What a pleasure it was to see Wife vs. Secretary (1936) on my DVR. Once again, THANK YOU to Turner Classic Movies for a great March full of Jean Harlow (1911 - 1937) movies, during Jean's 100th birthday month.
I must admit, up until this month, I had only seen her in the two Laurel and Hardy films she made in 1929, Double Whoopee and Bacon Grabbers. She was also in City Lights (1931) the Chaplin classic, but was only an extra so I didn't notice her.
We started out by watching Bombshell (1933), an early starring feature with a very platinum blonde Harlow. I believe it was typical of some early talkies to have too much dialog in a movie populated by a cast of former stage actors who project all the way to the back row of the theater. Someone needed to tell them that the microphone was closer. As a result, the movie is difficult to watch. The talking is too fast, and combined with the colloquial way of speaking in the thirties, I couldn't easily follow the story. To really understand this movie would take three viewings.
Then we watched Reckless (1935). I figured two more years of sound experience, plus William Powell (1892 - 1984) would make this a better experience. Harlow and Powell were lovers and I hoped there would be on screen chemistry. It was another disappointment. The script was beneath them both, and it became boring, but Harlow was beautiful and quite accomplished for only 24 years old.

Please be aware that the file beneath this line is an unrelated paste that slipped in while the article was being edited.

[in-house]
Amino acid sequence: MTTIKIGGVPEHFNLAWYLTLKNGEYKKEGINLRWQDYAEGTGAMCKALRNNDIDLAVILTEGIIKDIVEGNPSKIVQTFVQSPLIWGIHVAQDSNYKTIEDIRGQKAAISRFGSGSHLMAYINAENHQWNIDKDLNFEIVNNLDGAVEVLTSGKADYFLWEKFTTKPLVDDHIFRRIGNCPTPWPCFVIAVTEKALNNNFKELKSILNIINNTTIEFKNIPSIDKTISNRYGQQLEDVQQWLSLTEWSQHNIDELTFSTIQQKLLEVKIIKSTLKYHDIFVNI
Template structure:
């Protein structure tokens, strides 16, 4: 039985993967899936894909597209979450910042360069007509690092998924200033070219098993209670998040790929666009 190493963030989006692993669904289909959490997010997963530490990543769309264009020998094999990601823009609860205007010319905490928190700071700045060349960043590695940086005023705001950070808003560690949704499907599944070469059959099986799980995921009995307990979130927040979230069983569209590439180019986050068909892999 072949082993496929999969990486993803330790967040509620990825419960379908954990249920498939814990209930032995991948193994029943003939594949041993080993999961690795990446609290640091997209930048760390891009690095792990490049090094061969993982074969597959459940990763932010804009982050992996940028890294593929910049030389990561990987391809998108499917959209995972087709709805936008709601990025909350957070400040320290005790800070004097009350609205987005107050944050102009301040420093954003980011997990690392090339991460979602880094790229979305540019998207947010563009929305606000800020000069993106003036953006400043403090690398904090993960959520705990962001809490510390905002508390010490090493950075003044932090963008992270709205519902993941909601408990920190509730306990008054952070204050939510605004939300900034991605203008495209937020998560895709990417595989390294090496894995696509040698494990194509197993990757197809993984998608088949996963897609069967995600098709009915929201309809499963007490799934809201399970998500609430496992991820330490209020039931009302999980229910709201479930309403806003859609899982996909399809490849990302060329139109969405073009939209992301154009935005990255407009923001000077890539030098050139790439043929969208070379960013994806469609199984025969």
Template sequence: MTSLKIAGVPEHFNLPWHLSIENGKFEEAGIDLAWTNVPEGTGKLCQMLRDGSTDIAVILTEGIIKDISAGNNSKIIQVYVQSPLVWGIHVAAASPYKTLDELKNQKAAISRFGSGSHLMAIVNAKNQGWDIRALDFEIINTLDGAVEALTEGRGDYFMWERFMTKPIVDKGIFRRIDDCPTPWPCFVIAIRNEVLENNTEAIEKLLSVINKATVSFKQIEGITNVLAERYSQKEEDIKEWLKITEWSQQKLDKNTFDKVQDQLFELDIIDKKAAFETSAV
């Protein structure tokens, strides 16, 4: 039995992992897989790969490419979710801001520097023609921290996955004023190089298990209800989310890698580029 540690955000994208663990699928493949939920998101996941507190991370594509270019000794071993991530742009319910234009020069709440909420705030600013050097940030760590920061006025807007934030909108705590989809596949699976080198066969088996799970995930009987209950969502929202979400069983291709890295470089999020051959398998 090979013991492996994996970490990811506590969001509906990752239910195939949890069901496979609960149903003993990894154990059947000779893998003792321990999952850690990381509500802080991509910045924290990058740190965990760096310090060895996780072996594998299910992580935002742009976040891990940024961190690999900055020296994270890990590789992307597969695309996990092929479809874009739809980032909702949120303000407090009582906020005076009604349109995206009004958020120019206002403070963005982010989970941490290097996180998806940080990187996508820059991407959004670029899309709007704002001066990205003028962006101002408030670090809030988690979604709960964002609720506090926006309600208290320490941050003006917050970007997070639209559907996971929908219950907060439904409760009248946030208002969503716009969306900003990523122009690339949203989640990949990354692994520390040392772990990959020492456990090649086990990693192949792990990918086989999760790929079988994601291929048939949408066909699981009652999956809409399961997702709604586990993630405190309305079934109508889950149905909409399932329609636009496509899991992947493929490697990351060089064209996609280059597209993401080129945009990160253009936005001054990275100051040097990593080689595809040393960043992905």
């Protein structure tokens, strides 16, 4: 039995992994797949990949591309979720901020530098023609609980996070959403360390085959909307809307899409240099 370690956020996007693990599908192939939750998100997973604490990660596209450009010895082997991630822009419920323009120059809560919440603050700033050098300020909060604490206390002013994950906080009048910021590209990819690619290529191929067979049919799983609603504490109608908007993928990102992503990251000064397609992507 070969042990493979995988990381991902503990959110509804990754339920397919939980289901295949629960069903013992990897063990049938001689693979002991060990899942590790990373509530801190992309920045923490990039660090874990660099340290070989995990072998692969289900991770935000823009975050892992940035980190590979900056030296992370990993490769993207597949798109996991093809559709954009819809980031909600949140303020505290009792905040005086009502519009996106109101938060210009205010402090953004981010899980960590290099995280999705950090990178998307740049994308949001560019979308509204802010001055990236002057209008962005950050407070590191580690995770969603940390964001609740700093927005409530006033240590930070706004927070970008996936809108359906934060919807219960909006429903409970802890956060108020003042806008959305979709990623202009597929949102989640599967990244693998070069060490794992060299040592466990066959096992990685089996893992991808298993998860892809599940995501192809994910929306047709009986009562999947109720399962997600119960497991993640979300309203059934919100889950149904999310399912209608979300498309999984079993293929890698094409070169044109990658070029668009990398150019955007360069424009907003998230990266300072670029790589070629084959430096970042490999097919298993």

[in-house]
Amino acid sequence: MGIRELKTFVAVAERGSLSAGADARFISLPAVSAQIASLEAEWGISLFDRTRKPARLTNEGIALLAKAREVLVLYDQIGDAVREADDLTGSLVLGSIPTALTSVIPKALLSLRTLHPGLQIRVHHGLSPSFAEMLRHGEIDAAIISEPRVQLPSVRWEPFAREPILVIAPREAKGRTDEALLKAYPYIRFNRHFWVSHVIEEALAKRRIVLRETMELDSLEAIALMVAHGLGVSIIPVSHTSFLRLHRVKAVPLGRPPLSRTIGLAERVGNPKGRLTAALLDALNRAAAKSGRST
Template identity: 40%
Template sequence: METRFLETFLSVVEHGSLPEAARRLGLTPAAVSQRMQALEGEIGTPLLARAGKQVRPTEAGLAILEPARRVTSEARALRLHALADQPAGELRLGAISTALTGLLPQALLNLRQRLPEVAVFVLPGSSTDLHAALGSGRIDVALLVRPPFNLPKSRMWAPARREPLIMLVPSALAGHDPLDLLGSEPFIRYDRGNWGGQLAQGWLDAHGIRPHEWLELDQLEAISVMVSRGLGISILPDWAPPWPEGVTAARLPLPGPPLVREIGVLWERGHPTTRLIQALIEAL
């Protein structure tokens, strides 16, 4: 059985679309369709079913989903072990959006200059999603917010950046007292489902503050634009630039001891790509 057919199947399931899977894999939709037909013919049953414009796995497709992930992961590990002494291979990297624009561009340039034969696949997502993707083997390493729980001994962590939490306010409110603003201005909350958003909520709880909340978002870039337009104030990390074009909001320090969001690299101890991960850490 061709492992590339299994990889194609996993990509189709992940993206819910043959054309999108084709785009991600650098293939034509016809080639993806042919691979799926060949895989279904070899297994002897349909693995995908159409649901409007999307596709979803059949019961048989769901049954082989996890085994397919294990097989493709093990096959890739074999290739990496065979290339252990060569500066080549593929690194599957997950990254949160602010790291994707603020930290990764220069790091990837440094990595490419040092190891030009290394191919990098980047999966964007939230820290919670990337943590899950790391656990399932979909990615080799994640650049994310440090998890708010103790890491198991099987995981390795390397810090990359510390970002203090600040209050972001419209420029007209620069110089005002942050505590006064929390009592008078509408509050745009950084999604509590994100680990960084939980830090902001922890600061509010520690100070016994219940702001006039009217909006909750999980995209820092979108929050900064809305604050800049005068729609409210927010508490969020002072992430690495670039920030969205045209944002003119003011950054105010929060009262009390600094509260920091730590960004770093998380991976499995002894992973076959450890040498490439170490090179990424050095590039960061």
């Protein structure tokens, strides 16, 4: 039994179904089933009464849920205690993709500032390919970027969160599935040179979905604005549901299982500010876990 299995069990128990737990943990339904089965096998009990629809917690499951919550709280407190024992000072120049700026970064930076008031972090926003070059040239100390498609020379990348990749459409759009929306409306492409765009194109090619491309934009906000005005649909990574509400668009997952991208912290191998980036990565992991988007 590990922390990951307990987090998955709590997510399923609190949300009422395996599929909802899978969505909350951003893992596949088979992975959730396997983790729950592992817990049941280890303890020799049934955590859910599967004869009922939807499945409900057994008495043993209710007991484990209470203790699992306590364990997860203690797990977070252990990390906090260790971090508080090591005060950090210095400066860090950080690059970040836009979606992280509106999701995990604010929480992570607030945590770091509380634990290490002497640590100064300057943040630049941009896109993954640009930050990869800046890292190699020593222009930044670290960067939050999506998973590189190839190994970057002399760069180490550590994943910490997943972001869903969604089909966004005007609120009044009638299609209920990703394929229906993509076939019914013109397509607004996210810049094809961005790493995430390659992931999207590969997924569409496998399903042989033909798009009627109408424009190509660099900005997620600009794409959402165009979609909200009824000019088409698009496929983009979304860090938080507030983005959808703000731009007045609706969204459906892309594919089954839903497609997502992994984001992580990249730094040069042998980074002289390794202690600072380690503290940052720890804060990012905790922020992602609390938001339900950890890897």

We struck cinematic gold with Wife vs. Secretary. The pairing of good friends Myrna Loy (1905 - 1993) and Jean Harlow (now with toned down, more natural blonde color), was perfect. Clark Gable (1901 - 1960) got top billing because he was the King of the Movies, but his part could have been played by any leading man of the time. All eyes were on Harlow and Loy.
In a Bit Part, we have James Stewart (1908 - 1997) as Harlow's boyfriend. This was only Stewart's fifth film, but you could see his bright future in every scene he had.
I can't say enough about this film. The story took you through all the emotions of the head of a publishing empire and his desire to succeed, his secretary who knows her help is needed by him, and his wife who only wants to give her love as he gives his to her. Plus, the frustration of Harlow's boyfriend who thinks he may be losing her. The fact is, everybody loves everybody else, but is Harlow just too much of a temptation for Gable?
There is no sex, because this was after the Hays Code. Loy and Gable even have separate bedrooms. But listen closely and you can hear the innuendos. These were all sexy stars and they could deliver the message in body language plus a few words.
I was going to commit Wife vs. Secretary to VHS tape, but I think I'll order the DVD set instead. (I really need to get that home theater PC I've been thinking about!) Harlow was a star for a very short time. I wonder what her future would have brought. Would it have been filled with success in a long life like Bette Davis, or end in tragedy like Marilyn Monroe? Kidney disease took Jean Harlow at just age 26, so we'll never know.